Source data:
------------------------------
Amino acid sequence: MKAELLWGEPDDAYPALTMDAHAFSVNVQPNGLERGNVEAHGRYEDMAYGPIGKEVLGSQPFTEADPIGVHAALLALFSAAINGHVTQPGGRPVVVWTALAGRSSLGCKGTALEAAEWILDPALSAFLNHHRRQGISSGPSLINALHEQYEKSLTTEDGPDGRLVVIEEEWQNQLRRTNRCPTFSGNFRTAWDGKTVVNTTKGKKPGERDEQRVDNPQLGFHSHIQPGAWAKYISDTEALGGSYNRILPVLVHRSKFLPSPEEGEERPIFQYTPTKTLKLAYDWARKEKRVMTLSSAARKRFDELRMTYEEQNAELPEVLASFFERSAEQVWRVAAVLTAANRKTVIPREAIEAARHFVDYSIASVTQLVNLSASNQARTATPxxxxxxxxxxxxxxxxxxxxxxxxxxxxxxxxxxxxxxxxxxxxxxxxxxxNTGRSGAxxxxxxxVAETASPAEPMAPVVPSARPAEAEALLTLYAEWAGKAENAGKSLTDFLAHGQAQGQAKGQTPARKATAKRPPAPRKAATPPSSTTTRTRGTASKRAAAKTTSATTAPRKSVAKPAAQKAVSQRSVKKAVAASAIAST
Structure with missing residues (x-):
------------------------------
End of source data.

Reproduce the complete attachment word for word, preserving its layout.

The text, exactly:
Amino acid sequence: MKAELLWGEPDDAYPALTMDAHAFSVNVQPNGLERGNVEAHGRYEDMAYGPIGKEVLGSQPFTEADPIGVHAALLALFSAAINGHVTQPGGRPVVVWTALAGRSSLGCKGTALEAAEWILDPALSAFLNHHRRQGISSGPSLINALHEQYEKSLTTEDGPDGRLVVIEEEWQNQLRRTNRCPTFSGNFRTAWDGKTVVNTTKGKKPGERDEQRVDNPQLGFHSHIQPGAWAKYISDTEALGGSYNRILPVLVHRSKFLPSPEEGEERPIFQYTPTKTLKLAYDWARKEKRVMTLSSAARKRFDELRMTYEEQNAELPEVLASFFERSAEQVWRVAAVLTAANRKTVIPREAIEAARHFVDYSIASVTQLVNLSASNQARTATPxxxxxxxxxxxxxxxxxxxxxxxxxxxxxxxxxxxxxxxxxxxxxxxxxxxNTGRSGAxxxxxxxVAETASPAEPMAPVVPSARPAEAEALLTLYAEWAGKAENAGKSLTDFLAHGQAQGQAKGQTPARKATAKRPPAPRKAATPPSSTTTRTRGTASKRAAAKTTSATTAPRKSVAKPAAQKAVSQRSVKKAVAASAIAST
Structure with missing residues (x-):